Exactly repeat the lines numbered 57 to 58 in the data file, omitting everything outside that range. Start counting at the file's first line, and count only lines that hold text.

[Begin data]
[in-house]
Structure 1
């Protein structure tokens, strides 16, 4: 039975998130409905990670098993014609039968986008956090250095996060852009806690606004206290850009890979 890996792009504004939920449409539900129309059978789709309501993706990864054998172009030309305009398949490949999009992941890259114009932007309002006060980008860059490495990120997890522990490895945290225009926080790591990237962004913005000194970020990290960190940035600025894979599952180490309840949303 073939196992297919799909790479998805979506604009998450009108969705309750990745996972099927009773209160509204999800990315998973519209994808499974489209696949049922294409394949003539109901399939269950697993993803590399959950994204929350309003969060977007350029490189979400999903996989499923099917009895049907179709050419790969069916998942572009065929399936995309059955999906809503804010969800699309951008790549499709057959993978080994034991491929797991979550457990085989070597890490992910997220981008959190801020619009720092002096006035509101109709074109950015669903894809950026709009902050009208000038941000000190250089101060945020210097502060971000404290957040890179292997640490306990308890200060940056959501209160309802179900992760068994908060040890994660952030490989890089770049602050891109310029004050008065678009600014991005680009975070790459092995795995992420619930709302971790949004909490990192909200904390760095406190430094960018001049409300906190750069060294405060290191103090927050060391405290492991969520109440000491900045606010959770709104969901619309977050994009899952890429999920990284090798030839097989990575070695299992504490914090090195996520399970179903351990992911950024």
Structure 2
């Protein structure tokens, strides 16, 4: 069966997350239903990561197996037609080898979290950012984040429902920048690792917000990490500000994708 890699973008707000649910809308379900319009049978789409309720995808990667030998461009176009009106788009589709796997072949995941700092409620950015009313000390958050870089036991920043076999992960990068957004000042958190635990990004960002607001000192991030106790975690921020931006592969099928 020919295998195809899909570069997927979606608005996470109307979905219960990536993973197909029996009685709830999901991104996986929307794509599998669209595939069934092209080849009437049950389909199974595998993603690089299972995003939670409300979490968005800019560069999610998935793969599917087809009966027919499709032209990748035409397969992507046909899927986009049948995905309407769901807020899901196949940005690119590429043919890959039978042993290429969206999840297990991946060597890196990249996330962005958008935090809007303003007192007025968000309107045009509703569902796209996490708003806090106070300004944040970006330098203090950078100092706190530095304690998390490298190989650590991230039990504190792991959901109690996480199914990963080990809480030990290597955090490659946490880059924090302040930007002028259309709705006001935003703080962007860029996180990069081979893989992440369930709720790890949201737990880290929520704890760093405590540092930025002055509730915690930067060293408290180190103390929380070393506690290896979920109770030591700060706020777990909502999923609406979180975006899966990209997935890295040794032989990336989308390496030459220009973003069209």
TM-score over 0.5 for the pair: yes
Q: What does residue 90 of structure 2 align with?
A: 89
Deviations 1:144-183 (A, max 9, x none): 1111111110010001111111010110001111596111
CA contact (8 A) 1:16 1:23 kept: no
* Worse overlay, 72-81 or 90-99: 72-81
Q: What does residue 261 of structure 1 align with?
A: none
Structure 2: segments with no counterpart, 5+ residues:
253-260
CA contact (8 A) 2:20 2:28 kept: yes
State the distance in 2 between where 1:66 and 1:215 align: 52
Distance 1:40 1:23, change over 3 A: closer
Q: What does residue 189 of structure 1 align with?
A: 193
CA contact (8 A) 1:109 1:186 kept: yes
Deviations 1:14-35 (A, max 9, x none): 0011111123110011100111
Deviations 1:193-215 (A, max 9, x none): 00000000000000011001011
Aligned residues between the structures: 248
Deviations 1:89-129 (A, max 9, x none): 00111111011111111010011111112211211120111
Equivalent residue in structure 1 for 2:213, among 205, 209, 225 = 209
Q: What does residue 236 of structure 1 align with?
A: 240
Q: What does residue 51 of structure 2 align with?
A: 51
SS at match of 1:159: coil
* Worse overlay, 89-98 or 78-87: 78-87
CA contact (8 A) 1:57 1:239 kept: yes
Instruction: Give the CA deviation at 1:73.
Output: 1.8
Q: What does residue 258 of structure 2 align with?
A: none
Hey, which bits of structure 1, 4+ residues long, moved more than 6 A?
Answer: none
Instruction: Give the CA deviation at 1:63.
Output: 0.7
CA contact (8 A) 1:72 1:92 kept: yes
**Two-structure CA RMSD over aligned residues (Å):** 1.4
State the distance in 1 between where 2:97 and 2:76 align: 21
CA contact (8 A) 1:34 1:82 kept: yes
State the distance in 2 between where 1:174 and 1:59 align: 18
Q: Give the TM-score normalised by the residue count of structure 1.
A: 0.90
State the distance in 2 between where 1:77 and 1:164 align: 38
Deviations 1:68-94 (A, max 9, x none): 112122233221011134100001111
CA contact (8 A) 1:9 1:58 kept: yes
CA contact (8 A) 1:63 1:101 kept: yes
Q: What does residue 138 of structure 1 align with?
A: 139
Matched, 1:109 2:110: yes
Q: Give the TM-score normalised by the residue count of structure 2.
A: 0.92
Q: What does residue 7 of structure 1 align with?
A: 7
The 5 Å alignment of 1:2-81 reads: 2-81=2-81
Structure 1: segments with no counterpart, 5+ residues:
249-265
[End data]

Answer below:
A: 0.92
Q: What does residue 7 of structure 1 align with?